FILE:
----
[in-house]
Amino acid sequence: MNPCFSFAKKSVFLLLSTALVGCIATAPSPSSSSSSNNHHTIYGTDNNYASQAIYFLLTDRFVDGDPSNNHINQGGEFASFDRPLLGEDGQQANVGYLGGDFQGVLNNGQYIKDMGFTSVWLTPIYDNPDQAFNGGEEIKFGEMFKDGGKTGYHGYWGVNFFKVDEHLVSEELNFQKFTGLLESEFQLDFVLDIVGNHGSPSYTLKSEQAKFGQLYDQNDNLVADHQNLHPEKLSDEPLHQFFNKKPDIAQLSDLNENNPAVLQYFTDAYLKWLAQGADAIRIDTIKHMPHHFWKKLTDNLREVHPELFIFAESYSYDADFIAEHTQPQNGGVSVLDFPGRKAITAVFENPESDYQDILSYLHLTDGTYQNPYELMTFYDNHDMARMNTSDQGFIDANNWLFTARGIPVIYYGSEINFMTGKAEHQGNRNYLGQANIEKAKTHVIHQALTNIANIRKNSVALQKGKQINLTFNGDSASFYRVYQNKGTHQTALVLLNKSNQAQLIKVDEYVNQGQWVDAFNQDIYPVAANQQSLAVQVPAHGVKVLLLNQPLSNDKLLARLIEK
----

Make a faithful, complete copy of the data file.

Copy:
[in-house]
Amino acid sequence: MNPCFSFAKKSVFLLLSTALVGCIATAPSPSSSSSSNNHHTIYGTDNNYASQAIYFLLTDRFVDGDPSNNHINQGGEFASFDRPLLGEDGQQANVGYLGGDFQGVLNNGQYIKDMGFTSVWLTPIYDNPDQAFNGGEEIKFGEMFKDGGKTGYHGYWGVNFFKVDEHLVSEELNFQKFTGLLESEFQLDFVLDIVGNHGSPSYTLKSEQAKFGQLYDQNDNLVADHQNLHPEKLSDEPLHQFFNKKPDIAQLSDLNENNPAVLQYFTDAYLKWLAQGADAIRIDTIKHMPHHFWKKLTDNLREVHPELFIFAESYSYDADFIAEHTQPQNGGVSVLDFPGRKAITAVFENPESDYQDILSYLHLTDGTYQNPYELMTFYDNHDMARMNTSDQGFIDANNWLFTARGIPVIYYGSEINFMTGKAEHQGNRNYLGQANIEKAKTHVIHQALTNIANIRKNSVALQKGKQINLTFNGDSASFYRVYQNKGTHQTALVLLNKSNQAQLIKVDEYVNQGQWVDAFNQDIYPVAANQQSLAVQVPAHGVKVLLLNQPLSNDKLLARLIEK